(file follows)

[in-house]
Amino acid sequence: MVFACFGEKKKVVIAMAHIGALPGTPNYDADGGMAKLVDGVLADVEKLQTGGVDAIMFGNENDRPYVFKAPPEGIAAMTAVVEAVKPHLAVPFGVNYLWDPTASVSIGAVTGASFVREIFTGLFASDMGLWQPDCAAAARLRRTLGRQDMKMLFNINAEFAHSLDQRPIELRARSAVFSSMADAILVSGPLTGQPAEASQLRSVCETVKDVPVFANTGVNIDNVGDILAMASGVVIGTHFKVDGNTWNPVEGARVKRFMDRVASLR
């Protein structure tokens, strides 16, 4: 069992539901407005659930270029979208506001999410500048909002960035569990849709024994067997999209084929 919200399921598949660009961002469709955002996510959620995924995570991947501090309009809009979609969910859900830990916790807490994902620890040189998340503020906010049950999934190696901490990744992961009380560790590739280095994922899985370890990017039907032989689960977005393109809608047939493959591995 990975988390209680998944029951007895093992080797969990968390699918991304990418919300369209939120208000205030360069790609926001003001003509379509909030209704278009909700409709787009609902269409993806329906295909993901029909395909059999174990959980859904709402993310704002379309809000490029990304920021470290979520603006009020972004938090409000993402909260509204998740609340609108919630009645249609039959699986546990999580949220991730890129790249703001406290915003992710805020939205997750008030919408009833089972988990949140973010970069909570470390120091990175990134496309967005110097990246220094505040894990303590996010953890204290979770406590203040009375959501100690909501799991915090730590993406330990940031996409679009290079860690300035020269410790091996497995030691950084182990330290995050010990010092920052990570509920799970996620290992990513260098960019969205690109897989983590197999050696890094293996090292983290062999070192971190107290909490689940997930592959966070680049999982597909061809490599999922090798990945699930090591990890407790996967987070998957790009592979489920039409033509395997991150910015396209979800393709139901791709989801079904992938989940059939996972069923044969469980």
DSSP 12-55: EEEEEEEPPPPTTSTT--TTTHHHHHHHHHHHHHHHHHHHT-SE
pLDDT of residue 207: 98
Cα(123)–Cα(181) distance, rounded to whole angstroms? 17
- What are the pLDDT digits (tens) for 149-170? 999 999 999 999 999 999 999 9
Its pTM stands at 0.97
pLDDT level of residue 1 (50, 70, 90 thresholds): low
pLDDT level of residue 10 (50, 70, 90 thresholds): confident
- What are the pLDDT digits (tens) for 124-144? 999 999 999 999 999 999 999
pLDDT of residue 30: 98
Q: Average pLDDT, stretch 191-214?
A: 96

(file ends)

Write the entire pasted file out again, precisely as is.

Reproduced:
[in-house]
Amino acid sequence: MVFACFGEKKKVVIAMAHIGALPGTPNYDADGGMAKLVDGVLADVEKLQTGGVDAIMFGNENDRPYVFKAPPEGIAAMTAVVEAVKPHLAVPFGVNYLWDPTASVSIGAVTGASFVREIFTGLFASDMGLWQPDCAAAARLRRTLGRQDMKMLFNINAEFAHSLDQRPIELRARSAVFSSMADAILVSGPLTGQPAEASQLRSVCETVKDVPVFANTGVNIDNVGDILAMASGVVIGTHFKVDGNTWNPVEGARVKRFMDRVASLR
């Protein structure tokens, strides 16, 4: 069992539901407005659930270029979208506001999410500048909002960035569990849709024994067997999209084929 919200399921598949660009961002469709955002996510959620995924995570991947501090309009809009979609969910859900830990916790807490994902620890040189998340503020906010049950999934190696901490990744992961009380560790590739280095994922899985370890990017039907032989689960977005393109809608047939493959591995 990975988390209680998944029951007895093992080797969990968390699918991304990418919300369209939120208000205030360069790609926001003001003509379509909030209704278009909700409709787009609902269409993806329906295909993901029909395909059999174990959980859904709402993310704002379309809000490029990304920021470290979520603006009020972004938090409000993402909260509204998740609340609108919630009645249609039959699986546990999580949220991730890129790249703001406290915003992710805020939205997750008030919408009833089972988990949140973010970069909570470390120091990175990134496309967005110097990246220094505040894990303590996010953890204290979770406590203040009375959501100690909501799991915090730590993406330990940031996409679009290079860690300035020269410790091996497995030691950084182990330290995050010990010092920052990570509920799970996620290992990513260098960019969205690109897989983590197999050696890094293996090292983290062999070192971190107290909490689940997930592959966070680049999982597909061809490599999922090798990945699930090591990890407790996967987070998957790009592979489920039409033509395997991150910015396209979800393709139901791709989801079904992938989940059939996972069923044969469980």
DSSP 12-55: EEEEEEEPPPPTTSTT--TTTHHHHHHHHHHHHHHHHHHHT-SE
pLDDT of residue 207: 98
Cα(123)–Cα(181) distance, rounded to whole angstroms? 17
- What are the pLDDT digits (tens) for 149-170? 999 999 999 999 999 999 999 9
Its pTM stands at 0.97
pLDDT level of residue 1 (50, 70, 90 thresholds): low
pLDDT level of residue 10 (50, 70, 90 thresholds): confident
- What are the pLDDT digits (tens) for 124-144? 999 999 999 999 999 999 999
pLDDT of residue 30: 98
Q: Average pLDDT, stretch 191-214?
A: 96